Can Dementia Be Linked To Smoking Cessation?

Like caffeine, nicotine may be regarded as a stimulant. The neurotoxic and neuroprotective properties of nicotine had not been thoroughly investigated until recently. Also nicotine has a neuroprotective action in neurodegenerative disorders such as Parkinson’s and Alzheimer’s diseases. It protects neurons against the neurotoxicity caused by β-amyloid, the major component of senile plaques. People choose to smoke because they appreciate the psychoactive, stimulant effects of nicotine. Smokers report that smoking helps them concentrate, reason, and perform - observations consistent with studies demonstrating that nicotine improves attention, learning, reaction time, and problem solving. In a case study published in Neurobiology of Aging, a 65-year-old previously healthy Turkish man was admitted with altered mental status. After smoking for nearly 50 years he suddenly stopped smoking. His family members reported some changes in his behavior. He was apparently well 2 weeks before admission when he started showing episodes of intermittent confusion. Within 1 week he was unable to read a newspaper, dress himself or drive. A mental status exam revealed a Mini-Mental State Examination score of 18, with no limitation of language function. Motor exam was normal. Routine blood, urine tests and an electroencephalogram (EEG) showed no abnormality. Brain computed tomography showed multiple lacunal infarction and mild atrophy. His cognitive functions improved after initiation of nicotine preparations. Conclusions: In this case we emphasize that after cessation of smoking dementia symptoms may be seen.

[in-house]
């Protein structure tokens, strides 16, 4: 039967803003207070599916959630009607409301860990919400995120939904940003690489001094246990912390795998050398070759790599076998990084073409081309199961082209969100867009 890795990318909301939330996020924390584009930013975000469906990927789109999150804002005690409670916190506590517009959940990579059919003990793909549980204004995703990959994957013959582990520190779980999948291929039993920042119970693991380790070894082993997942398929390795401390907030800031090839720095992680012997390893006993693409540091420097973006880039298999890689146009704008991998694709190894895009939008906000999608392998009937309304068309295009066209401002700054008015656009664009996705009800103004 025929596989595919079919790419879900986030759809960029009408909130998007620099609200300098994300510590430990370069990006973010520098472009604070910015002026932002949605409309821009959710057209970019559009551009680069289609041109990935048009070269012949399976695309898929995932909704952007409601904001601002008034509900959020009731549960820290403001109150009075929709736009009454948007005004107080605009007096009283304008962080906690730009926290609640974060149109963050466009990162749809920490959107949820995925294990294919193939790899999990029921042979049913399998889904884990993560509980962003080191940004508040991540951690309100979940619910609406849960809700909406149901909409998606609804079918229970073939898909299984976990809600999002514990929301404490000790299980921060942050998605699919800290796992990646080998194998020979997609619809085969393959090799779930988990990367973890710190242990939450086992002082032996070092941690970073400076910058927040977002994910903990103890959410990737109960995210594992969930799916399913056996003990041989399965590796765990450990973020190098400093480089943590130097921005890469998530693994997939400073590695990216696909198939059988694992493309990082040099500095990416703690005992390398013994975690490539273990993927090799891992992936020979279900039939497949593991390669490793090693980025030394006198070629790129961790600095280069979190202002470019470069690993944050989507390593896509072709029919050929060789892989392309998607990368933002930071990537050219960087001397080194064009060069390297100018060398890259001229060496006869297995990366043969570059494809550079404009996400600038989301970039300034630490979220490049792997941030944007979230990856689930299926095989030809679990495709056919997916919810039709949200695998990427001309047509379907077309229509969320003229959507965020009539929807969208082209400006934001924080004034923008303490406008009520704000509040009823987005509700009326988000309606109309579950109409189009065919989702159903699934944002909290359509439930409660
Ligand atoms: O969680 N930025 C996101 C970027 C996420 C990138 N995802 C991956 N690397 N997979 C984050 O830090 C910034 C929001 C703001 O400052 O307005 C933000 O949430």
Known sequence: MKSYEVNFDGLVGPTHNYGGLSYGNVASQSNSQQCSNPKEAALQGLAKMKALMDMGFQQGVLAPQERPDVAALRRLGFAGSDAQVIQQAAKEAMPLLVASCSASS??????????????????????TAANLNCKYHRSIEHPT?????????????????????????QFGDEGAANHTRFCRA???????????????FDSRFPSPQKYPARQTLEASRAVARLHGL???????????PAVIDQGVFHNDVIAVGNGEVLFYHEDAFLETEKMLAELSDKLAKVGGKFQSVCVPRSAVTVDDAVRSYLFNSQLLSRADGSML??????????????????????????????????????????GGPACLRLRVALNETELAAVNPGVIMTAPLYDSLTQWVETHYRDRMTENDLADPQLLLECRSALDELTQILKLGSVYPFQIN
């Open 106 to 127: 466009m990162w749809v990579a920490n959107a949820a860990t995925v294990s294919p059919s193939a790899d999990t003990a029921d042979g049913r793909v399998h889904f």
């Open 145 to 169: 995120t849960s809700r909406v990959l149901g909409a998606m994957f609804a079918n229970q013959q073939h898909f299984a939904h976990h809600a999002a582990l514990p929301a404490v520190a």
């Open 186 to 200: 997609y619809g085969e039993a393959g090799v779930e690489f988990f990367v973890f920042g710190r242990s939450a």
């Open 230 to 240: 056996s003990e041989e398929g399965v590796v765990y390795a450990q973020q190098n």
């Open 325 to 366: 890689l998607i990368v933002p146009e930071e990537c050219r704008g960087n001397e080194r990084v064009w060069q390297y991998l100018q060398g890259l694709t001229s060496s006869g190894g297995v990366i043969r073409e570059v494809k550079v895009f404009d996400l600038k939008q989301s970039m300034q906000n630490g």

For the abstract.


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